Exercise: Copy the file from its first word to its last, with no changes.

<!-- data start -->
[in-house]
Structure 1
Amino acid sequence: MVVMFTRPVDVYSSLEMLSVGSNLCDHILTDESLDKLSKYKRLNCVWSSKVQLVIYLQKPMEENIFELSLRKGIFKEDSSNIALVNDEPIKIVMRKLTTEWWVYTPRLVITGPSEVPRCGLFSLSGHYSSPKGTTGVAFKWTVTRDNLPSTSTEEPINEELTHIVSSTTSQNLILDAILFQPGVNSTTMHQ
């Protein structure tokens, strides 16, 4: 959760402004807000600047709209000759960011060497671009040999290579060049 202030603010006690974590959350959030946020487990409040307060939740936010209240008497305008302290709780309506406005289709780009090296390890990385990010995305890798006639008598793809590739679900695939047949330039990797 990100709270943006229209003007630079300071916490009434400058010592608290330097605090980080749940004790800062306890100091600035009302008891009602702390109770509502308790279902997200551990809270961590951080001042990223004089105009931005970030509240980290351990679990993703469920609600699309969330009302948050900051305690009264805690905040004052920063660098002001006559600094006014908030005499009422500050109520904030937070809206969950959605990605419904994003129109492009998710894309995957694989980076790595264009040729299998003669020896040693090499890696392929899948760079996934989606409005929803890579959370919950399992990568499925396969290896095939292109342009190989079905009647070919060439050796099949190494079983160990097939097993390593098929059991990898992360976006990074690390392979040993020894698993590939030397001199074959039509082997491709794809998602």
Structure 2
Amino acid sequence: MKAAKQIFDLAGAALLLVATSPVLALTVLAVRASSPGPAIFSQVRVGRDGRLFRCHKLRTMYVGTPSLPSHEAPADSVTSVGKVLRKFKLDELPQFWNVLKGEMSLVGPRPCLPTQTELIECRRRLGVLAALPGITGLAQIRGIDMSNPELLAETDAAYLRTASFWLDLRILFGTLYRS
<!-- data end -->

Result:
[in-house]
Structure 1
Amino acid sequence: MVVMFTRPVDVYSSLEMLSVGSNLCDHILTDESLDKLSKYKRLNCVWSSKVQLVIYLQKPMEENIFELSLRKGIFKEDSSNIALVNDEPIKIVMRKLTTEWWVYTPRLVITGPSEVPRCGLFSLSGHYSSPKGTTGVAFKWTVTRDNLPSTSTEEPINEELTHIVSSTTSQNLILDAILFQPGVNSTTMHQ
């Protein structure tokens, strides 16, 4: 959760402004807000600047709209000759960011060497671009040999290579060049 202030603010006690974590959350959030946020487990409040307060939740936010209240008497305008302290709780309506406005289709780009090296390890990385990010995305890798006639008598793809590739679900695939047949330039990797 990100709270943006229209003007630079300071916490009434400058010592608290330097605090980080749940004790800062306890100091600035009302008891009602702390109770509502308790279902997200551990809270961590951080001042990223004089105009931005970030509240980290351990679990993703469920609600699309969330009302948050900051305690009264805690905040004052920063660098002001006559600094006014908030005499009422500050109520904030937070809206969950959605990605419904994003129109492009998710894309995957694989980076790595264009040729299998003669020896040693090499890696392929899948760079996934989606409005929803890579959370919950399992990568499925396969290896095939292109342009190989079905009647070919060439050796099949190494079983160990097939097993390593098929059991990898992360976006990074690390392979040993020894698993590939030397001199074959039509082997491709794809998602």
Structure 2
Amino acid sequence: MKAAKQIFDLAGAALLLVATSPVLALTVLAVRASSPGPAIFSQVRVGRDGRLFRCHKLRTMYVGTPSLPSHEAPADSVTSVGKVLRKFKLDELPQFWNVLKGEMSLVGPRPCLPTQTELIECRRRLGVLAALPGITGLAQIRGIDMSNPELLAETDAAYLRTASFWLDLRILFGTLYRS